In 2007, Gilly, while a named partner at Thompson Wigdor, was the lead attorney for drugstore chain Rite Aid when another union, Service Employees International, (SEIU 1199) charged it in court papers with engaging in a union avoidance campaign for the drug stores it acquired from Brooks and Eckerd.
This month, the housekeeper’s new lawyer and spokesperson, Kenneth Thompson of Thompson Wigdor, appeared on French television asking for women in France and Africa who may have been sexually assaulted by Strauss-Kahn to call his firm; the firm wanted to help them. The Telegraph of the United Kingdom quoted Mr. Thompson as follows: “My law firm champions the rights of people who are taken advantage of all over the world. And so we take this case because we feel that no woman should be sexually assaulted anywhere.”
Compare that characterization with how Thompson opened his case on behalf of a Hollywood Video store manager in March 2004. The man had been indicted on April 25, 2003 by the Bronx District Attorney’s office, following the impaneling of a grand jury, on one count of rape in the first degree, one count of rape in the third degree, one count of attempted rape in the first degree and thirteen counts of sexual abuse in the first degree against five different women who were his subordinates in his store. Three of the women were 17; one was eighteen; one 21 and one 29.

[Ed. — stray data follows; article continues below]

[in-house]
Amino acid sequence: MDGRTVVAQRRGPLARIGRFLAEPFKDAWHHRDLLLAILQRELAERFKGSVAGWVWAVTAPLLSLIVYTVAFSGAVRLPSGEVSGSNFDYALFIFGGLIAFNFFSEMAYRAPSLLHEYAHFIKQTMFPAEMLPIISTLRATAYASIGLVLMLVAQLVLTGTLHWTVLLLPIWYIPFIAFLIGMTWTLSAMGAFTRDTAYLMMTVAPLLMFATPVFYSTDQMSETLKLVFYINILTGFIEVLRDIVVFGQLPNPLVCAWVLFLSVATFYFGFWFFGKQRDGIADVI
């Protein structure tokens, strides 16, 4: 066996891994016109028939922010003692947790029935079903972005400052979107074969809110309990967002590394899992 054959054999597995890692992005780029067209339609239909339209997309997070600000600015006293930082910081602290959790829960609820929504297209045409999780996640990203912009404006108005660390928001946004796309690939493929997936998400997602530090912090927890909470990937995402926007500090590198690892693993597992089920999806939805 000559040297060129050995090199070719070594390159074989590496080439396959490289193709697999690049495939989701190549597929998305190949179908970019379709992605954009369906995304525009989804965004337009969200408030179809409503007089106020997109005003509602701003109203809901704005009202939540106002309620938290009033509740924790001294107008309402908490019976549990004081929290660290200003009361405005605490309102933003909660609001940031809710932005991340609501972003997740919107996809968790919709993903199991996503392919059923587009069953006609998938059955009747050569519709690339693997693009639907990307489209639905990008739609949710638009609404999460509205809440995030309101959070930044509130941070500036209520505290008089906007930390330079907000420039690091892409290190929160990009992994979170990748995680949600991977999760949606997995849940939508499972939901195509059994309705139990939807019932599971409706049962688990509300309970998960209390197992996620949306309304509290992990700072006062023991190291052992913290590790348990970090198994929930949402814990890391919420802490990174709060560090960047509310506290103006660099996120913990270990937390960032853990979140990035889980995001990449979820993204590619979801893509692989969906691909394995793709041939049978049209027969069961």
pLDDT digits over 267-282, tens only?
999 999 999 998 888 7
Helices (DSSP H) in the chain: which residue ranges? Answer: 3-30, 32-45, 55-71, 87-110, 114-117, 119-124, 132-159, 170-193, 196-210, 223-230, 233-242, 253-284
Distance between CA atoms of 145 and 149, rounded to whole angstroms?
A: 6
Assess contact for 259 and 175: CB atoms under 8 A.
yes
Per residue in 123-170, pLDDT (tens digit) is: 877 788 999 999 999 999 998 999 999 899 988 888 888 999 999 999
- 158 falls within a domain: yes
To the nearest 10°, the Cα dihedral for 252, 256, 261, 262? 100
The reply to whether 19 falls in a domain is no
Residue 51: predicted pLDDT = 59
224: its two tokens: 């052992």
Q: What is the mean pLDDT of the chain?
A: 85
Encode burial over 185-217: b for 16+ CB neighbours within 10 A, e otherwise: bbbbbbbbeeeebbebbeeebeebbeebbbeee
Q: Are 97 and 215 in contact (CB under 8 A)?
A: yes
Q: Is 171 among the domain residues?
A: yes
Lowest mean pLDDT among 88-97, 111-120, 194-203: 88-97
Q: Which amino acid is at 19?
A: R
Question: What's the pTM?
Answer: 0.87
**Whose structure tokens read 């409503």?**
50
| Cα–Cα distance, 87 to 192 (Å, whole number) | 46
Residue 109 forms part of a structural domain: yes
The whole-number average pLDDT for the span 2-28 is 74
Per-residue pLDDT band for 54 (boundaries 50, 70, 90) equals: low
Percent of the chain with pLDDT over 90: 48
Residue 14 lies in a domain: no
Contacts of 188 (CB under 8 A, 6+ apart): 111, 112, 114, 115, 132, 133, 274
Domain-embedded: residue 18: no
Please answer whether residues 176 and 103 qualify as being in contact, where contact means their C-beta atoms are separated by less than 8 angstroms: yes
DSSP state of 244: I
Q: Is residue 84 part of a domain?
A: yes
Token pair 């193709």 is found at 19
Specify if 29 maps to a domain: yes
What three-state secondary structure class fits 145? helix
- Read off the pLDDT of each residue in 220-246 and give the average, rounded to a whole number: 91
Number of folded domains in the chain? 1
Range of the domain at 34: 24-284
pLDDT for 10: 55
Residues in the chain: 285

Thompson told the lone male judge, Steven Barrett, who was hearing the case without a jury: “This is a case about a man who has been falsely accused of rape and sexual assault?This case is part of a scheme for these women to get paid. They want to line their pockets with money, even if an innocent man goes to jail. The evidence will show these women lied to the police and the grand jury. We will expose these lies because we have the video surveillance tape and telephone records, which will prove who is lying.”
The defendant was originally represented by a Legal Aid attorney. How did a video store manager end up with a high powered attorney like Kenneth Thompson? Thompson will not answer that simple question.
Representing the company, Hollywood Video, in the matter was Michael Carlinsky, a top New York litigator whose client roster reads like the who’s who of Wall Street. Carlinsky is currently with Quinn Emanuel but had previously spent nine years with Orrick, Herrington & Sutcliffe LLP, one of the most powerful management-side Wall Street law firms in sexual abuse or discrimination cases as well as many other areas. Like Morgan Lewis, the Orrick firm also championed the establishment of a private justice system to hear Wall Street workers’ cases. The system that materialized did not require arbitrators to follow case precedents or statutory law as required in a court setting; discovery was limited; and it was next to impossible to appeal to a court because reasoned decisions were not issued. Egregious abuses occurred, like humiliating women in depositions by grilling them on their gynecological records and menstrual cycles. In one case, a lawyer for a Wall Street firm openly argued to the arbitrators that they should not follow the law because it was wrong.